The Afghan war, the longest in US history, is increasingly taking up an ugly face. Besides the intensification of the war with no end in sight, it becomes difficult to differentiate between a friend and an enemy. Even during his presidential term, Ghani is delivering speeches in a tone as if he is still addressing a big election campaign gathering. Speaking at a meeting about tourism held at the Presidential Palace, President Ghani mentioned his patriotism as an example, calling on the people to teach to their children a similar degree of love for the country. How can not asking an ally, not to mention an enemy, for explanation about the killing of Afghan forces with dust-covered faces because of always being on the frontlines defending the country with very little resources and food be called patriotism.
If the president thinks he, by turning a blind eye to the arbitrary and lawless actions of Americans, will gladden them to pave the way for an end to the ongoing conflict, it is a mistaken belief based on the past experience. If such stance had come to fruition, Karzai’s conferring of medals on American generals would have already liberated the country of the evil of war.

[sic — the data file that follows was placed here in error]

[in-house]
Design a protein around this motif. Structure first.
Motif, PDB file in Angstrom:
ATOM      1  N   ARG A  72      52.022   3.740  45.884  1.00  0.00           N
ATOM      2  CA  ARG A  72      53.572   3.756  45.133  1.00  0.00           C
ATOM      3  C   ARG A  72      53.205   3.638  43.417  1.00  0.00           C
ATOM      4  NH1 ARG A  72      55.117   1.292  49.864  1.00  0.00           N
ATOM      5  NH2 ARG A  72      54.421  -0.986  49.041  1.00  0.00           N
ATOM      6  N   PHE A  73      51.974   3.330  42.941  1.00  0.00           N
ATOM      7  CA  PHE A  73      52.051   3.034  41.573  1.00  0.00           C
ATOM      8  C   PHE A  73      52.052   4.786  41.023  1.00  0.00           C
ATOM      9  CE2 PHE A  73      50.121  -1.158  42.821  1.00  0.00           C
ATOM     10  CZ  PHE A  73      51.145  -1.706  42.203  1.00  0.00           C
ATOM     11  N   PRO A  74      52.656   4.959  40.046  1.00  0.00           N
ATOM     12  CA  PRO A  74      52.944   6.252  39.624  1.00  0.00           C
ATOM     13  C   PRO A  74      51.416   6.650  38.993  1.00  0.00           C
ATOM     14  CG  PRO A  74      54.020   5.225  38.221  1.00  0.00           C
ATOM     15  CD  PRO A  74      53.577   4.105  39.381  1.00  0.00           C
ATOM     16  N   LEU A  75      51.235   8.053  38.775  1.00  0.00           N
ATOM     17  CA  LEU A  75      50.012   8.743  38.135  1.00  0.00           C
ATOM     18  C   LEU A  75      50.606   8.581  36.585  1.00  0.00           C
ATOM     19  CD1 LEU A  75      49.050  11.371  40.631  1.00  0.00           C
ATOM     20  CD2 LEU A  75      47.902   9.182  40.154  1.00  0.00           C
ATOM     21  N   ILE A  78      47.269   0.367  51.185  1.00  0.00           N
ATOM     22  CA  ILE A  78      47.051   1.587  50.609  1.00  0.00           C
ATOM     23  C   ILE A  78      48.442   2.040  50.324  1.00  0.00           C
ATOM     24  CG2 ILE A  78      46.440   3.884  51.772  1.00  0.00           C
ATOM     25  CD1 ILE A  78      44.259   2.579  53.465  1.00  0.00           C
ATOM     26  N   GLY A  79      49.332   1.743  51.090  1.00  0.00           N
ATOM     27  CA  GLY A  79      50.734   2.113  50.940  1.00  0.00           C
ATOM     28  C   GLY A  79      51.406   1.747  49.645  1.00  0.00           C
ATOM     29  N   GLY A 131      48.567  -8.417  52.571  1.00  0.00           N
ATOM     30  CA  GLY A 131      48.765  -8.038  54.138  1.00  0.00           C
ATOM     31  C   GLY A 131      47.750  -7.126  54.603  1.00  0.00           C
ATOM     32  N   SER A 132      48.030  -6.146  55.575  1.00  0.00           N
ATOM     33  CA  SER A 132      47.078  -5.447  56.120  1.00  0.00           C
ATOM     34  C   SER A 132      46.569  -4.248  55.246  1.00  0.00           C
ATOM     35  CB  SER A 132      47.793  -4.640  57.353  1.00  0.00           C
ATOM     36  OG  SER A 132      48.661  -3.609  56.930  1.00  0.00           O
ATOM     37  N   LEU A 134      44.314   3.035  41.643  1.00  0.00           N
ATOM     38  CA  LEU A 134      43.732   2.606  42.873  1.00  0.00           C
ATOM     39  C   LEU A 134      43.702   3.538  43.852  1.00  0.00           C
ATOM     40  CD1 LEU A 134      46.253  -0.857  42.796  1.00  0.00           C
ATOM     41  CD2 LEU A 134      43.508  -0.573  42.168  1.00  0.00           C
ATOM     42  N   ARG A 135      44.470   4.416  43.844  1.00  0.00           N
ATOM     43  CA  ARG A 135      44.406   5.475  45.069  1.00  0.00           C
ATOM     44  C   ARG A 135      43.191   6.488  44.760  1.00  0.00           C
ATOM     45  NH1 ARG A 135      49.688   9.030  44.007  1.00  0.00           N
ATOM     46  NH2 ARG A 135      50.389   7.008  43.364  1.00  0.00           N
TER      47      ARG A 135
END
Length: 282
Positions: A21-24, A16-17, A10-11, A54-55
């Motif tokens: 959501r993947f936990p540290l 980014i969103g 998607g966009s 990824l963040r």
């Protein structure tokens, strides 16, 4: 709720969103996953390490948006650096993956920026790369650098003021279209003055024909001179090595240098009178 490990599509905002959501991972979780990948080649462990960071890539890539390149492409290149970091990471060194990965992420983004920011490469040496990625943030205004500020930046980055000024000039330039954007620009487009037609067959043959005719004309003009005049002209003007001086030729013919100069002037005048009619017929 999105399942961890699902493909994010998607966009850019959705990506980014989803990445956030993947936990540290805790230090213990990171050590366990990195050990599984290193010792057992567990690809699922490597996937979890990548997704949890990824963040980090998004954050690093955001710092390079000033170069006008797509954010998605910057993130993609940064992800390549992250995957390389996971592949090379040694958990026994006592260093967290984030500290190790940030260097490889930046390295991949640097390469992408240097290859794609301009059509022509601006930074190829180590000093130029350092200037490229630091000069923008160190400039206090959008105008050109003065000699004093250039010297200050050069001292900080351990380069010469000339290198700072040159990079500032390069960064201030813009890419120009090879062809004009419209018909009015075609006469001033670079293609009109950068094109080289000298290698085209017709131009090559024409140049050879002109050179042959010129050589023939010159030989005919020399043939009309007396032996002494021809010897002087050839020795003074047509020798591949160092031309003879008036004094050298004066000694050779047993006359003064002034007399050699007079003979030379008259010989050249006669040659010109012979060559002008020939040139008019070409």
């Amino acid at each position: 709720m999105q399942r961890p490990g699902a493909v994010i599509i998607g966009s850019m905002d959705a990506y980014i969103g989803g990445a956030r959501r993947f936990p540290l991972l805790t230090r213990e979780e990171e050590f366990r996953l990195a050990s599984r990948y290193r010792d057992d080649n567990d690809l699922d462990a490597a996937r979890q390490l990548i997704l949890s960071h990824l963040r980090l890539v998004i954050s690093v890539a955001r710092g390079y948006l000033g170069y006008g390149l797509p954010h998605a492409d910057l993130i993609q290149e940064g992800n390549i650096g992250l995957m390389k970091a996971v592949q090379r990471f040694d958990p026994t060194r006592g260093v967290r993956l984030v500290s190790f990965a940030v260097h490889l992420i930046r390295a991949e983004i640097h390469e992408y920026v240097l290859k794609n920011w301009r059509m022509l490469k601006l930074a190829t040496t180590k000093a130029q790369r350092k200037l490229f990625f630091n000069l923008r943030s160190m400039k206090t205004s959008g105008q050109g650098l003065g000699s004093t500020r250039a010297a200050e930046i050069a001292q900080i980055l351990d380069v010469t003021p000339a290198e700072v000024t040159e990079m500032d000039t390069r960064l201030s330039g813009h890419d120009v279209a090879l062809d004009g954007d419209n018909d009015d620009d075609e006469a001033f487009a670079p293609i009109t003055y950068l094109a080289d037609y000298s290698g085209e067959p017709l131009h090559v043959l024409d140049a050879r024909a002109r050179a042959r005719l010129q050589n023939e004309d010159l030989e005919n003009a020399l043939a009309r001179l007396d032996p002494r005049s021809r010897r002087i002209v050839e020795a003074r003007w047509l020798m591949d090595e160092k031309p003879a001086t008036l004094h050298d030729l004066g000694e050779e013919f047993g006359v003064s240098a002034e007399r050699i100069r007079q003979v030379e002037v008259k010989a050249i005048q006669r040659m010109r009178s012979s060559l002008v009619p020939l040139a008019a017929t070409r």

The experience of the past 16 years showed that any silence on lawless activities of the United States or a blind acceptance of all American demands is not a solution. While it is right that the US is a major economic and military supporter of Afghanistan, compromising the blood of Afghan citizens in return for American support is injustice. Afghan people agreed to partner with the United States; however, such partnership is useless if it is at the cost of their lives. Afghanistan and the United States should treat each other as two independent countries with mutual interests.